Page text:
Asian American and Pacific Islander Heritage Month Webinar Series: America's Chinatowns: Identity, Belonging, and the Future of Place

Ernie Wong, FASLA, Jenn Low, PLA, Yu-Chung Li, ASLA, and Jim Lee, ASLA led a four-part webinar series about the past, present, and future of Chinatown and drew analogies to other neighborhoods like them that are subject to ongoing forces of gentrification driving neighborhood change.

Ernest Wong, FASLA

Ernest Wong

On Tuesday, May 12, Wong kicked-off the webinar series with a brief history of Chinese American communities, with a particular focus on Chicago's Chinatown and how landscape architecture is shaping the culture and future of a changing community. Through the lens of Chicago’s Chinatown, he shared how landscape architecture is changing the shape of an expanding Chinatown, including the challenges and successes of his practice and identity in doing this work. View that discussion here.

About Ernie Wong, FASLA

Ernest C. Wong, founder and principal of site design group, ltd. (site), has been instrumental in the evolution of the firm as a multi-cultural cutting edge design entity and fostering the landscape architecture profession in the City of Chicago. In managing the firm for over 30 years, site has established a reputation for creative design solutions and developing thoughtful, community-oriented urban spaces.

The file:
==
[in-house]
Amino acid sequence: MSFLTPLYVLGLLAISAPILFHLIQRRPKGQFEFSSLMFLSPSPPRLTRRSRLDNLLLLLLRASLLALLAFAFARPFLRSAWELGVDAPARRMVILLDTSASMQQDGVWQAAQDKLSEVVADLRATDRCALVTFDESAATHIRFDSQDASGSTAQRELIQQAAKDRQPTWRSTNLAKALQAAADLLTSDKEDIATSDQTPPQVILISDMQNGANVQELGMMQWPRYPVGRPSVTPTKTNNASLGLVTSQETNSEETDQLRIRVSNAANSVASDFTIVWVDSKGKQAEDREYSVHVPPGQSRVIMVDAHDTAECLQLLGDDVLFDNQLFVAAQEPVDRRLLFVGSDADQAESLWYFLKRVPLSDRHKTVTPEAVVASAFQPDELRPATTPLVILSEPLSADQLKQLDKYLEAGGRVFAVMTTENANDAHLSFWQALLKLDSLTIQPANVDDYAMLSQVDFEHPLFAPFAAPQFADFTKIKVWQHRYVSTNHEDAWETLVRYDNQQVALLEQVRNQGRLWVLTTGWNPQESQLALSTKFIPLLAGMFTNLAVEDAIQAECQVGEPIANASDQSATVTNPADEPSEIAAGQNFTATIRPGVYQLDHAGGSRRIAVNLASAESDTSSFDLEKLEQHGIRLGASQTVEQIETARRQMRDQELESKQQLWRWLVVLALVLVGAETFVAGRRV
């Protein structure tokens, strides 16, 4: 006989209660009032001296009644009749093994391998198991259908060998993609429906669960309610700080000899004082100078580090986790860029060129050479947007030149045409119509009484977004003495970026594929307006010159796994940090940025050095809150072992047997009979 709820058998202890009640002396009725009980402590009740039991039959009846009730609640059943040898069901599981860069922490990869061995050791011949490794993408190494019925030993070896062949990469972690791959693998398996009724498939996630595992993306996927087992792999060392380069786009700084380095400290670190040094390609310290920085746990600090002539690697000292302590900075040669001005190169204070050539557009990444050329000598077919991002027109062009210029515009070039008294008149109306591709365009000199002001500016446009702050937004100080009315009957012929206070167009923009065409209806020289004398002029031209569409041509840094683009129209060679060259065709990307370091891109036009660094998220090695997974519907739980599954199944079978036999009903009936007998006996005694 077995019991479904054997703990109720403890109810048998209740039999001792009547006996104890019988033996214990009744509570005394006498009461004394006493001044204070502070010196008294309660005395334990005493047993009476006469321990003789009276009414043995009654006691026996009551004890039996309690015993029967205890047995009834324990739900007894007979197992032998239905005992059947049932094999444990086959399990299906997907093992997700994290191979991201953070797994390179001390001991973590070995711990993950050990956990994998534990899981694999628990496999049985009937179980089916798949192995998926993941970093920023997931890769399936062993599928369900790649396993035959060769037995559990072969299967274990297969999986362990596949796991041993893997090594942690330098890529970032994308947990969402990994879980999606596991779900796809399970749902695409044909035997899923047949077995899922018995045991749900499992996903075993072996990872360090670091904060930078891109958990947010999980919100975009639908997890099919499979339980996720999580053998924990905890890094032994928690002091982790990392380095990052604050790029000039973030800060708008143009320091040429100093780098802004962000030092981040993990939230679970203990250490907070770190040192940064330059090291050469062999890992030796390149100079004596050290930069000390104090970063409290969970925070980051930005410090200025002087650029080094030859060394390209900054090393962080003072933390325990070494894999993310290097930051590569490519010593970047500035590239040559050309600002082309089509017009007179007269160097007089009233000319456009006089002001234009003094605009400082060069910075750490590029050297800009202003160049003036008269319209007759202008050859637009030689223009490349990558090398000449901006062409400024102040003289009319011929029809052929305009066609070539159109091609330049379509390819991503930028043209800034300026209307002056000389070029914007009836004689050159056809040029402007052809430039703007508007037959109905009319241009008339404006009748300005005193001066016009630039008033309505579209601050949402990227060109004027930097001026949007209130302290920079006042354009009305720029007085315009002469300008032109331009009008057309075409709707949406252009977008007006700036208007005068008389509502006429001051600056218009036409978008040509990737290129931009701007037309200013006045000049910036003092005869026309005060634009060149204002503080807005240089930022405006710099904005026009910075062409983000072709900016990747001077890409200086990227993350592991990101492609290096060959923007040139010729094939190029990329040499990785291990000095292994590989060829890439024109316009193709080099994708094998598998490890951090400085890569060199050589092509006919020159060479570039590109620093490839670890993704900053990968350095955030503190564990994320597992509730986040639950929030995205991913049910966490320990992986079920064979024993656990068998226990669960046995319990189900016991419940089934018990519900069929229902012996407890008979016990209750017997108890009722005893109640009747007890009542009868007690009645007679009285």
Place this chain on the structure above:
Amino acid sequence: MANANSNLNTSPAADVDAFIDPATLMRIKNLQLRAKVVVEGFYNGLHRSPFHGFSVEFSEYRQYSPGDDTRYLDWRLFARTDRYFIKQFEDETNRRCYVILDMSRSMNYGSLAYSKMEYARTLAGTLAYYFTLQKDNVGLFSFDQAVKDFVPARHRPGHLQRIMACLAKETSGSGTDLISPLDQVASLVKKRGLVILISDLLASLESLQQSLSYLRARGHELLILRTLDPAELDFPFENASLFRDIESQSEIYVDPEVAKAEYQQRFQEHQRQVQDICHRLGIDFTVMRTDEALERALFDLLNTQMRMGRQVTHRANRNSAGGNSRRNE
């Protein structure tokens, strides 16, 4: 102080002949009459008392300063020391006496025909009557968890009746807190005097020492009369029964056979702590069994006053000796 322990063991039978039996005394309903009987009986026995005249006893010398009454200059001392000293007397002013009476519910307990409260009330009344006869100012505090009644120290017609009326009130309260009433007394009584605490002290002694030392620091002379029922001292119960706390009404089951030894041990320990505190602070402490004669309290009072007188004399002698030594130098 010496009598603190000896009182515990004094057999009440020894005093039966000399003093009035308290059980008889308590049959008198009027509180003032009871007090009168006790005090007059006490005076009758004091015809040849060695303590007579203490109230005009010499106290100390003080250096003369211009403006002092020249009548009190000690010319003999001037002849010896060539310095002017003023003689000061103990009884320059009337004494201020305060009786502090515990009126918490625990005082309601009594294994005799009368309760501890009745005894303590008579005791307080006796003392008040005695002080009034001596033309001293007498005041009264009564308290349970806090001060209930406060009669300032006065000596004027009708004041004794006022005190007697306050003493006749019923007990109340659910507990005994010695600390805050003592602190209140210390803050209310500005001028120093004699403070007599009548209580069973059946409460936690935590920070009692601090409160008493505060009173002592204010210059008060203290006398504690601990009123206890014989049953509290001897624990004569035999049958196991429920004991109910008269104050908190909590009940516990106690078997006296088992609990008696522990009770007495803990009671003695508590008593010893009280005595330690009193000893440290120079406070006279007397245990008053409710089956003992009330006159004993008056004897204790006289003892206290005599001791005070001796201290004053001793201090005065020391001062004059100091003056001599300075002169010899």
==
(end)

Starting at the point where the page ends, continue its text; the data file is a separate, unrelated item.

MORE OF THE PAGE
Through professional and service leadership, Mr. Wong has advocated for and helped revitalization efforts of numerous Chicago neighborhoods, including Chicago’s Chinatown, which has evolved through transformative, community-oriented projects, including the multi-phased Ping Tom Memorial Park, Wentworth Avenue Streetscape, the Chinatown Vision Plan, the Chinatown Branch Library, and the ongoing Wells and Wentworth Connector.

A strong proponent of civic and community engagement, Wong sits on the board of numerous service organizations and professional juries including the Driehaus Award for Architectural Excellence in Community Design, Chinese American Service League,  Near South Planning Board, and the Chicago Landmarks Commission. In addition, Mr. Wong is a frequent speaker at universities as well as design, business, and diversity conferences. This year, he served as the keynote speaker at the Chicago Loop Alliance’s Annual Meeting, discussing the future of retail and public spaces.